Example V was repeated except that the polymerized adduct of Example III was used in place of that of Example I.

Example XIV

Example VI was repeated except that the polymerized adduct of Example III was used in place of that of Example I.

Example XV

Example VII was repeated except that the polymerized adduct of Example III was used in place of that of Example I.

Example XVI

Example VIII was repeated except that the polymerized adduct of Example III was used in place of that of Example I.

Example XVII

Example V was repeated except that the polymerized adduct of Example IV was used in place of that of Example I.

Example XVIII

Example VI was repeated except that the polymerized adduct of Example IV was used in place of that of Example I.

Example XIX

Example VII was repeated except that the polymerized adduct of Example IV was used in place of that of Example I.

EXAMPLE XX

Example VIII was repeated except that the polymerized adduct of Example IV was used in place of that of Example I.

Example XXI

Into a 500 milliliter three-necked round bottom flask equipped with a dropping funnel, a condenser, and a mechanical stirrer was placed a solution of 9.0 grams (0.1 moles) of 1,3-diamino-2-hydroxypropane in 50 milliliters of methanol. Into the methanol solution, at 25 C., was slowly added under stirring a solution of 9.2 grams (0.1 moles) of 3-chloro-1,2-epoxypropane dissolved in 50 milliliters of methanol. The reaction between the epoxy compound and the diamine was permitted to continue at ambient with stirring for about 20.0 hours. At the end of the reaction period, into the resulting solution of the adduct was added drop-wise with stirring over one hour a solution of 4.0 grams (0.1 moles) of sodium hydroxide dissolved in 50 milliliters of methanol in order to polymerize the adduct. During the polymerization reaction, insoluble sodium chloride was formed and precipitated. At the end of the polymerization reaction, about one hour, the reaction mixture was filtered to remove sodium chloride and was evaporated at 50 C. under reduced pressure in a flash evaporator, yielding a colorless, viscous liquid product. The product was stirred at room temperature in 100 milliliters of deionized water overnight, during which about 10% of the product dissolved in water leaving an insoluble residue. The aqueous solution of the polymerized adduct was filtered to remove the insoluble portion of the polymerized adduct.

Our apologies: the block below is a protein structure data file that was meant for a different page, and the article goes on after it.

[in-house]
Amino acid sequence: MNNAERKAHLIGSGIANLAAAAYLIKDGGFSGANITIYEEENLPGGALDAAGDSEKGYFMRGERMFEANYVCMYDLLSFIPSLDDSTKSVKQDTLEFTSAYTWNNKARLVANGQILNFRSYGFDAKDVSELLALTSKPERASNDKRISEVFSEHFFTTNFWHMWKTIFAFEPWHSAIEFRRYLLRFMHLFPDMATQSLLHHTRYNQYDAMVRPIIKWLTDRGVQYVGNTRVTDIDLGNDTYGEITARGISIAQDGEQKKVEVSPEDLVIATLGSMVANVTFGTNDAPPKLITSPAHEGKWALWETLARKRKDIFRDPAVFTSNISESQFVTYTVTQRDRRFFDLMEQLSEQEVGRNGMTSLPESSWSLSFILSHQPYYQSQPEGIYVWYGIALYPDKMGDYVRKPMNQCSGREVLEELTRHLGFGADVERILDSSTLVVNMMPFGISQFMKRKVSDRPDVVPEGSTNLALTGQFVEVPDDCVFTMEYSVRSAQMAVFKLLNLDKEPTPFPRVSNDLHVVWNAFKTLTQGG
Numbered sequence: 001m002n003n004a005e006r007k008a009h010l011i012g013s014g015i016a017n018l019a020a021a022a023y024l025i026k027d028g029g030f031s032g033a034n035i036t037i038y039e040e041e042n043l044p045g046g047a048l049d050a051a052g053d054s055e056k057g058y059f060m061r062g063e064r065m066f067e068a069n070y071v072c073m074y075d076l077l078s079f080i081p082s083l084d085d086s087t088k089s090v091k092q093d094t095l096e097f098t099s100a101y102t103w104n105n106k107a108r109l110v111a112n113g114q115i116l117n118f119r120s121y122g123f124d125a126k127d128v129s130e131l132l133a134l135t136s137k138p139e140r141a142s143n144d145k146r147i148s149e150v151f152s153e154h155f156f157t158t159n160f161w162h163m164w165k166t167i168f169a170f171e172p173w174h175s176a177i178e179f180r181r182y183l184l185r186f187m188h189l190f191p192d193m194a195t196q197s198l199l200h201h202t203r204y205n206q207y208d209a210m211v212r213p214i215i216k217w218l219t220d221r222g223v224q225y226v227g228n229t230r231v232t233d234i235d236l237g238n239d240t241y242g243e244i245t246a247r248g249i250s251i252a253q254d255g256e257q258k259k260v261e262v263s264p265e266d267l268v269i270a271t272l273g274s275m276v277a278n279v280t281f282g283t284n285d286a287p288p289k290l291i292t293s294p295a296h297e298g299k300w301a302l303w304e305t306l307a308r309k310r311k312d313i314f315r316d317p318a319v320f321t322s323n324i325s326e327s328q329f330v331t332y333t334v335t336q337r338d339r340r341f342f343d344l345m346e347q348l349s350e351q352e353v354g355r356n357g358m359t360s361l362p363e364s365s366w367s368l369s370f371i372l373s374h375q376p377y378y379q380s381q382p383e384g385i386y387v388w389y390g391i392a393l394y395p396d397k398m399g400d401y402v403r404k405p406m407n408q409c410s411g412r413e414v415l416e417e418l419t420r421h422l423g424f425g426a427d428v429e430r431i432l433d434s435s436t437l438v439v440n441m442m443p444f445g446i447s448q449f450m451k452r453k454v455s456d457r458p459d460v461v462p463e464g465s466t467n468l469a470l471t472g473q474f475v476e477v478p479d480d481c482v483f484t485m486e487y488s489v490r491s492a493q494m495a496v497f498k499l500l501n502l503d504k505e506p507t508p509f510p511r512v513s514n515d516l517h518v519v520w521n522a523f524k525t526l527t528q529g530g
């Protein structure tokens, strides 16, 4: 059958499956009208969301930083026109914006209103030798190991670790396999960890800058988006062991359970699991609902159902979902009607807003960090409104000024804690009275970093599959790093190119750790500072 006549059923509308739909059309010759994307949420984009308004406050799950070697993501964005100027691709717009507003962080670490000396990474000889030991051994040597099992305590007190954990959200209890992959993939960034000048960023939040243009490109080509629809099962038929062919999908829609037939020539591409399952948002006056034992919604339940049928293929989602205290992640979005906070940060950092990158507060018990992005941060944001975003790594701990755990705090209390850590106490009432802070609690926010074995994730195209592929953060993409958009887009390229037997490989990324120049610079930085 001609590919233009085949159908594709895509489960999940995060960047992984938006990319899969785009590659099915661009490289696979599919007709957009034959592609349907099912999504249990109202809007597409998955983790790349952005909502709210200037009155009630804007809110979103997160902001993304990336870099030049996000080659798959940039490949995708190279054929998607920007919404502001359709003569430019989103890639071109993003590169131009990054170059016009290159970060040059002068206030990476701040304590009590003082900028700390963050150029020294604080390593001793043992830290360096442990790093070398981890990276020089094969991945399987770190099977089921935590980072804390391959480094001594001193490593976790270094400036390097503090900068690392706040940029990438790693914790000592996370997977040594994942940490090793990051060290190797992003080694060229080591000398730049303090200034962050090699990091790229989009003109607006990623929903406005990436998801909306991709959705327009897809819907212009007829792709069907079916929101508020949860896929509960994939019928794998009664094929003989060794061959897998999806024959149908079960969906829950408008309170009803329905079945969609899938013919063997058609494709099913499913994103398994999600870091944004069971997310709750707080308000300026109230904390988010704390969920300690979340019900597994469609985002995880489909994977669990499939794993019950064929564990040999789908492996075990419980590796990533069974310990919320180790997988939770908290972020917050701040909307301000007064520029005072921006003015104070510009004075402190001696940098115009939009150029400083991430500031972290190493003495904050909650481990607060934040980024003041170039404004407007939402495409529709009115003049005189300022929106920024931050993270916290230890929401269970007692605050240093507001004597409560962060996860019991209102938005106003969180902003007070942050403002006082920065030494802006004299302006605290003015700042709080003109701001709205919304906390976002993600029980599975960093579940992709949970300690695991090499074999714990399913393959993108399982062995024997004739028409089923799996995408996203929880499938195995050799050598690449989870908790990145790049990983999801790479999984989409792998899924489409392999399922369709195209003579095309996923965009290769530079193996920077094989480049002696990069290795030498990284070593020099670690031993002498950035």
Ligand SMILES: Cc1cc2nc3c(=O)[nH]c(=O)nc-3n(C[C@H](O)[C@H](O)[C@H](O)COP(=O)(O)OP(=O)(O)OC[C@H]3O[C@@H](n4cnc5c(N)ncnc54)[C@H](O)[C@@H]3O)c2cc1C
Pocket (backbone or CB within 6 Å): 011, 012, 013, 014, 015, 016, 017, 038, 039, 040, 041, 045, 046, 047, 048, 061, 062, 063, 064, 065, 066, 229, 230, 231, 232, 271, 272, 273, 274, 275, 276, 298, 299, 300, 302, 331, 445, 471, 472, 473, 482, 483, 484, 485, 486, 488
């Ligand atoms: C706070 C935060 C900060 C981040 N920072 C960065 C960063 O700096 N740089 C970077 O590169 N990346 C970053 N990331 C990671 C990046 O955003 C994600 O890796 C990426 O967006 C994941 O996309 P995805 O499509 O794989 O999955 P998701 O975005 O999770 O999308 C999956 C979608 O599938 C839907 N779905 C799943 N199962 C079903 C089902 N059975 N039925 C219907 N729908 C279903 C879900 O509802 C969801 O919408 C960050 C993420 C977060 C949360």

In a 100 mL petri dish containing 25 milliliters of an aqueous solution containing 2.5 wt-% of the polymerized adduct, 2 wt-% of sodium phosphate (Na2 PO4.H2 O) and 0.5 wt-% of sodium lauryl sulfonate, was placed a 3-inch diameter disc of the polysulfone support film of Example XXV. The support film was soaked for 5 minutes until saturated with the solution. The overly saturated polysulfone film was removed from the solution and was pressed with a soft rubber roller to remove excess solution. In order to form the membrane the saturated support was then immediately immersed in 15 milliliters of a 1 wt-% solution in hexane of isophthaloyl chloride for 15 seconds. The support with the intact membrane was permitted to drain and was then dried at room temperature for about 10 minutes and then dried at 115 C. for 15 minutes. The dried membrane was permitted to cool and then stored in deionized water.

Example XXII